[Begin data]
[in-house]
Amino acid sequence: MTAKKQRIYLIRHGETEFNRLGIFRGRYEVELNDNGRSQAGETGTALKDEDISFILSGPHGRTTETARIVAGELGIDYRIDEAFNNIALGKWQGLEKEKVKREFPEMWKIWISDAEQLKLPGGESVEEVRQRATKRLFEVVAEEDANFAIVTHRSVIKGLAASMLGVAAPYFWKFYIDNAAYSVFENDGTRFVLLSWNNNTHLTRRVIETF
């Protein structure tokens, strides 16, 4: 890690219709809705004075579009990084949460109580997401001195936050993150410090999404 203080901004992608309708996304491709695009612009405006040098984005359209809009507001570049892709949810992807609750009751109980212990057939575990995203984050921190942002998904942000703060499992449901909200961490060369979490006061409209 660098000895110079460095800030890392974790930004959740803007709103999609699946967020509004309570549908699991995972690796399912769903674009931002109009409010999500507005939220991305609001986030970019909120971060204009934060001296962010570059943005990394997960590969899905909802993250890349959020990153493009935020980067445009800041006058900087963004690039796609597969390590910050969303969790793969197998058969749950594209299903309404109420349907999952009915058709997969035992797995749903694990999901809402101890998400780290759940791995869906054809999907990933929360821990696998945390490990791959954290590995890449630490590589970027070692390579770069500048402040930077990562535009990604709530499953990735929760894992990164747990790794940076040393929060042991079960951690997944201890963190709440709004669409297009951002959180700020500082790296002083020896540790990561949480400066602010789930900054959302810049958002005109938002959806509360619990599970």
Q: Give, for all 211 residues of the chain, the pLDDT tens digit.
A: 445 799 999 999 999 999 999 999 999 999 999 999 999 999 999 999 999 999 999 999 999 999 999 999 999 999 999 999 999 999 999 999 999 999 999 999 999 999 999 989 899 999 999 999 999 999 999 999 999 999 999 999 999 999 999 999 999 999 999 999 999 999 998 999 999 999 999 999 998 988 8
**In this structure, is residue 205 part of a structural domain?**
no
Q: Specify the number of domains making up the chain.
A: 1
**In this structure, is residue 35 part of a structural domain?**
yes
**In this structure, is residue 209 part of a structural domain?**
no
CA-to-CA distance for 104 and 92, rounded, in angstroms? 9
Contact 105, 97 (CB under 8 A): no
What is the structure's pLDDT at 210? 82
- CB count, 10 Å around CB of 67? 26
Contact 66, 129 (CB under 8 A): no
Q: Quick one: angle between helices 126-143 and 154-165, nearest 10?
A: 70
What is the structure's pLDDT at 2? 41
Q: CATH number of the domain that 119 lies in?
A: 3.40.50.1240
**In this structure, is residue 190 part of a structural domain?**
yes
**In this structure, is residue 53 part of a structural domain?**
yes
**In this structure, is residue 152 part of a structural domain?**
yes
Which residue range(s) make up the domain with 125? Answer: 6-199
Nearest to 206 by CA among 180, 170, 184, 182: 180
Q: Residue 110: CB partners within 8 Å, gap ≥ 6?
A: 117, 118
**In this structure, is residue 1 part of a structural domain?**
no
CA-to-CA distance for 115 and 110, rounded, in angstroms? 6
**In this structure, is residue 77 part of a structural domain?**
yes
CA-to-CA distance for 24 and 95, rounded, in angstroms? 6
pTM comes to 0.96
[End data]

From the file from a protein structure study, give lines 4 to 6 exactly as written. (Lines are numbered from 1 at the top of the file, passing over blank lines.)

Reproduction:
Q: Give, for all 211 residues of the chain, the pLDDT tens digit.
A: 445 799 999 999 999 999 999 999 999 999 999 999 999 999 999 999 999 999 999 999 999 999 999 999 999 999 999 999 999 999 999 999 999 999 999 999 999 999 999 989 899 999 999 999 999 999 999 999 999 999 999 999 999 999 999 999 999 999 999 999 999 999 998 999 999 999 999 999 998 988 8
**In this structure, is residue 205 part of a structural domain?**